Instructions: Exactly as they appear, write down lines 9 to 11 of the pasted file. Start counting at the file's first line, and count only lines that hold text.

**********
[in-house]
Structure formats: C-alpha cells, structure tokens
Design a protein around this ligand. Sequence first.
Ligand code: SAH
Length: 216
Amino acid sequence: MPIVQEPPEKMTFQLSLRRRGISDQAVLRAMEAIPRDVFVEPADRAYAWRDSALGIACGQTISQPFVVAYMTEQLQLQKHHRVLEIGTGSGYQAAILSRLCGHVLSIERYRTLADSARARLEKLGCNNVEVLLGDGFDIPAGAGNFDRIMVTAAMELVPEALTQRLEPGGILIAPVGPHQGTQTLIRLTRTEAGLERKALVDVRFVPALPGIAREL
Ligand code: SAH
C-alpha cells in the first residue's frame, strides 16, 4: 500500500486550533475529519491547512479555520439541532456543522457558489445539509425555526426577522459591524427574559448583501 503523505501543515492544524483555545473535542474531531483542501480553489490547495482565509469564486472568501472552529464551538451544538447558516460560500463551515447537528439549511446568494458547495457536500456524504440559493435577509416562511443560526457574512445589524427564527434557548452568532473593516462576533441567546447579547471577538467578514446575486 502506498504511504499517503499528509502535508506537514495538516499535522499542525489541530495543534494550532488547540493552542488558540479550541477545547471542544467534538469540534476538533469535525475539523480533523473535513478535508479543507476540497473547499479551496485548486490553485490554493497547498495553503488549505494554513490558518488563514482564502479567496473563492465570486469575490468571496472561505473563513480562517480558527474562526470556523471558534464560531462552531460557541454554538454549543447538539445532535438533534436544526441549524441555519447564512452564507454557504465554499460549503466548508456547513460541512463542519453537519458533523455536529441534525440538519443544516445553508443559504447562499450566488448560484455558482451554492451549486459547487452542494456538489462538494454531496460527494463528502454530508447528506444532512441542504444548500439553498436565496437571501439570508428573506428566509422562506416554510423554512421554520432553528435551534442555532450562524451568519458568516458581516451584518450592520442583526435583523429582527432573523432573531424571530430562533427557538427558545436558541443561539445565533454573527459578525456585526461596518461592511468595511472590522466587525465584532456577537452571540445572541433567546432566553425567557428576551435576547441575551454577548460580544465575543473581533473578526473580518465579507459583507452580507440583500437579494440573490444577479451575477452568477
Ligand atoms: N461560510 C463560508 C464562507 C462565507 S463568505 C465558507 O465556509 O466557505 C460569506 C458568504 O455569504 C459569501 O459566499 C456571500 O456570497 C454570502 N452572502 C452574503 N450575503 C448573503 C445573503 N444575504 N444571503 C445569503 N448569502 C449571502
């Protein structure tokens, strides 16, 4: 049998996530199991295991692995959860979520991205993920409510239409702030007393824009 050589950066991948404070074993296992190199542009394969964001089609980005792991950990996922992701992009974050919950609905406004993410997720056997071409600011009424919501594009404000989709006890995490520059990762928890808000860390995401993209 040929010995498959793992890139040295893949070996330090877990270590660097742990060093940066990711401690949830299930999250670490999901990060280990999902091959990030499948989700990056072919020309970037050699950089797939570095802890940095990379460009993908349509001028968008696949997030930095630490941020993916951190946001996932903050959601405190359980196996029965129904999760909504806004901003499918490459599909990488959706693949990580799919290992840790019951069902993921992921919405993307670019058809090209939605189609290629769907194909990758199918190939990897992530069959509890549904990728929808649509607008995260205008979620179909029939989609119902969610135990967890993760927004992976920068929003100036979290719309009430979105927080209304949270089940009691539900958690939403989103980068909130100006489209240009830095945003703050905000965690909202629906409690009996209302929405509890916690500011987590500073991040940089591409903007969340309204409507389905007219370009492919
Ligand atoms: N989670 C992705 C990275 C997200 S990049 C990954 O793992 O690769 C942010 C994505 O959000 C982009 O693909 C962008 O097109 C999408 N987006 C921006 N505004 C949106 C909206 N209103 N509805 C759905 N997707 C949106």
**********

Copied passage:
Ligand atoms: N461560510 C463560508 C464562507 C462565507 S463568505 C465558507 O465556509 O466557505 C460569506 C458568504 O455569504 C459569501 O459566499 C456571500 O456570497 C454570502 N452572502 C452574503 N450575503 C448573503 C445573503 N444575504 N444571503 C445569503 N448569502 C449571502
């Protein structure tokens, strides 16, 4: 049998996530199991295991692995959860979520991205993920409510239409702030007393824009 050589950066991948404070074993296992190199542009394969964001089609980005792991950990996922992701992009974050919950609905406004993410997720056997071409600011009424919501594009404000989709006890995490520059990762928890808000860390995401993209 040929010995498959793992890139040295893949070996330090877990270590660097742990060093940066990711401690949830299930999250670490999901990060280990999902091959990030499948989700990056072919020309970037050699950089797939570095802890940095990379460009993908349509001028968008696949997030930095630490941020993916951190946001996932903050959601405190359980196996029965129904999760909504806004901003499918490459599909990488959706693949990580799919290992840790019951069902993921992921919405993307670019058809090209939605189609290629769907194909990758199918190939990897992530069959509890549904990728929808649509607008995260205008979620179909029939989609119902969610135990967890993760927004992976920068929003100036979290719309009430979105927080209304949270089940009691539900958690939403989103980068909130100006489209240009830095945003703050905000965690909202629906409690009996209302929405509890916690500011987590500073991040940089591409903007969340309204409507389905007219370009492919
Ligand atoms: N989670 C992705 C990275 C997200 S990049 C990954 O793992 O690769 C942010 C994505 O959000 C982009 O693909 C962008 O097109 C999408 N987006 C921006 N505004 C949106 C909206 N209103 N509805 C759905 N997707 C949106």